Alice Guy-Blaché was a true pioneer who got into the movie business at the very beginning—in 1894, at the age of 21. Two years later, she was made head of production at Gaumont and started directing films. She and her husband moved to the United States, and she founded her own company, Solax, in 1910—they started in Flushing and moved to a bigger facility in Fort Lee, New Jersey. But by 1919, Guy-Blaché’s career came to an abrupt end, and she and the 1000 films that bore her name were largely forgotten. Pamela B. Green’s energetic film is both a tribute and a detective story, tracing the circumstances by which this extraordinary artist faded from memory and the path toward her reclamation. Narration by Jodie Foster.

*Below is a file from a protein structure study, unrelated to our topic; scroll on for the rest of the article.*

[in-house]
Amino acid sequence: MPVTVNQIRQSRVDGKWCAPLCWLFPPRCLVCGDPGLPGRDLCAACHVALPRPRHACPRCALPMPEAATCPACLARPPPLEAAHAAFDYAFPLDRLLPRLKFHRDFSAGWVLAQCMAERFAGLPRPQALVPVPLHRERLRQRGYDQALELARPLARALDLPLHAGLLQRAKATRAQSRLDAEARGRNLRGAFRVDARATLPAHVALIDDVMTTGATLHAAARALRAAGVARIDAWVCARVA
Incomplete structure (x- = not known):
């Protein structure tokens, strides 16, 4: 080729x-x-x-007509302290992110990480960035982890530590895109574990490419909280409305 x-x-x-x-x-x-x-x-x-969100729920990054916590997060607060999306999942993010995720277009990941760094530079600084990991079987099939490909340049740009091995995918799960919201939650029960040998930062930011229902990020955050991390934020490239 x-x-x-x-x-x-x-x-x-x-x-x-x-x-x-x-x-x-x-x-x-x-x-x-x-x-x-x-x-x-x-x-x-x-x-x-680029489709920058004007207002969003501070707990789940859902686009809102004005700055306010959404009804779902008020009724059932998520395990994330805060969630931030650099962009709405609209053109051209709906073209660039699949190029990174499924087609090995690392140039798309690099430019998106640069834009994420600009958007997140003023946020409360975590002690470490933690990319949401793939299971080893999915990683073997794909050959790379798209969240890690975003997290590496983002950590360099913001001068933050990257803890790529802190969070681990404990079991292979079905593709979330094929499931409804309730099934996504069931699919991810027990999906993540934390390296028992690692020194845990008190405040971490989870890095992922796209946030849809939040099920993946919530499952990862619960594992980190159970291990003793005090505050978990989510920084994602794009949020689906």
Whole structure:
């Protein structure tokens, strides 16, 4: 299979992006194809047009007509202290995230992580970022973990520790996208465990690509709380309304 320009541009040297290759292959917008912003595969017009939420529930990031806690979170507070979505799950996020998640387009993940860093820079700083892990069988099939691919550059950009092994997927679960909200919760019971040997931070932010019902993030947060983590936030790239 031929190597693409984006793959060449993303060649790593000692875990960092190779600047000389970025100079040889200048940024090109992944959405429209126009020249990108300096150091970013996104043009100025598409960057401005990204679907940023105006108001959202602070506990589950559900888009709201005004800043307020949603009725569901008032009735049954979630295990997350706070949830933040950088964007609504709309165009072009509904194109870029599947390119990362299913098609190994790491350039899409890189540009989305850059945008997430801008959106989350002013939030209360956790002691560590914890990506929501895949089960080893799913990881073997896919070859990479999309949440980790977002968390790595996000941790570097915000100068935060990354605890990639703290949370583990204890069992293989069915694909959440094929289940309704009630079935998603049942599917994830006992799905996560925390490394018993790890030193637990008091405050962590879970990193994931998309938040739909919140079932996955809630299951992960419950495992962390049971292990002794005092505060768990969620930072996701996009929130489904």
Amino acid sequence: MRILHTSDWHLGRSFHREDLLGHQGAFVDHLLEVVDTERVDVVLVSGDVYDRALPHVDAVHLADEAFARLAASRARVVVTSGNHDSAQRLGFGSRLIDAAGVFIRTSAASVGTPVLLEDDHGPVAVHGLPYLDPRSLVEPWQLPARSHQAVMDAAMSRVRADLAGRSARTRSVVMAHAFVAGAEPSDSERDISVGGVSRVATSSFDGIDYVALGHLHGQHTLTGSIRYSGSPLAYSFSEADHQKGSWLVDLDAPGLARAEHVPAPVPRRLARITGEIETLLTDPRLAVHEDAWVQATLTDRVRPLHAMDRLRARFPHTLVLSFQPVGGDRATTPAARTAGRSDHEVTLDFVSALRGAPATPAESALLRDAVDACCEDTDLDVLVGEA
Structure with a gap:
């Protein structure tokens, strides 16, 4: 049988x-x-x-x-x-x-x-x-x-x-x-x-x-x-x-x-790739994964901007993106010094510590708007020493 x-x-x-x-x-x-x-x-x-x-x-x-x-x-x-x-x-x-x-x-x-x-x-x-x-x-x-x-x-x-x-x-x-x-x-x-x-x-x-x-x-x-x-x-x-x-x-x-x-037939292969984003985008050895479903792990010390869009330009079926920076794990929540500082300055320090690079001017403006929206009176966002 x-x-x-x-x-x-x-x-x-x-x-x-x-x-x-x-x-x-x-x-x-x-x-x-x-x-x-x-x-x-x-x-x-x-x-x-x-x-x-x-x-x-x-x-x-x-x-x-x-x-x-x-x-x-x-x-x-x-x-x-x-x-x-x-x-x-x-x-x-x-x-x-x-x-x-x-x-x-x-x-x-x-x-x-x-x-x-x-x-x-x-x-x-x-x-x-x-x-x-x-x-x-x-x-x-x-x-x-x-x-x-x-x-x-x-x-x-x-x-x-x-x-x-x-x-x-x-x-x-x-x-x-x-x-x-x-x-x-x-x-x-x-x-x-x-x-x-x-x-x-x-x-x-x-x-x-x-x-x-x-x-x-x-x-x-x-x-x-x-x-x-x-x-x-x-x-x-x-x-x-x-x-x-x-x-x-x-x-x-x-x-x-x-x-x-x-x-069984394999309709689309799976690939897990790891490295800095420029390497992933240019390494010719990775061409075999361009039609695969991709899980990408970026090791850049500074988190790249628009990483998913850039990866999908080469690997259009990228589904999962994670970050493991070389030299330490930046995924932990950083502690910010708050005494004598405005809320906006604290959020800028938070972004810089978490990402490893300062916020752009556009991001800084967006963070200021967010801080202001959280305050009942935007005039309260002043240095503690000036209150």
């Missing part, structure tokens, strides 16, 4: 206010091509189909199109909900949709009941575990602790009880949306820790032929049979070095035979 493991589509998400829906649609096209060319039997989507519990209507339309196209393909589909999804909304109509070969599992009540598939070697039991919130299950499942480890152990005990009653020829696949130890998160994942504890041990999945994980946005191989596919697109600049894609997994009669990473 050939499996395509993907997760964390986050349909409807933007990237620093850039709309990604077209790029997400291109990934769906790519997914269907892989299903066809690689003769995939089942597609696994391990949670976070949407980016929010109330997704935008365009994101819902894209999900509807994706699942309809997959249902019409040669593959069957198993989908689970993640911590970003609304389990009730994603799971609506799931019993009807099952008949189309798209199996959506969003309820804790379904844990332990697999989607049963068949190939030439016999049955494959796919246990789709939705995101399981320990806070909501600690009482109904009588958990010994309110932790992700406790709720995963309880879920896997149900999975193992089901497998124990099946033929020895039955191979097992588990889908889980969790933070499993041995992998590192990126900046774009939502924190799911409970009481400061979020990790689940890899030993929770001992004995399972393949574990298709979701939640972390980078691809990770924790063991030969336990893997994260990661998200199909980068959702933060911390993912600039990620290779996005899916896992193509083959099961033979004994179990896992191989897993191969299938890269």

A scrupulously well-researched documentary about one of early cinema's greatest pioneers and the world's first woman filmmaker.
By the end of "Be Natural," you won't only have a clear idea of who this remarkable woman was; you may well have acquired a new taste in old movies. Critic's Pick.
What starts as a biography turns into a detective thriller as Green crisscrosses the globe, searching for clues as to why Guy-Blaché has been forgotten.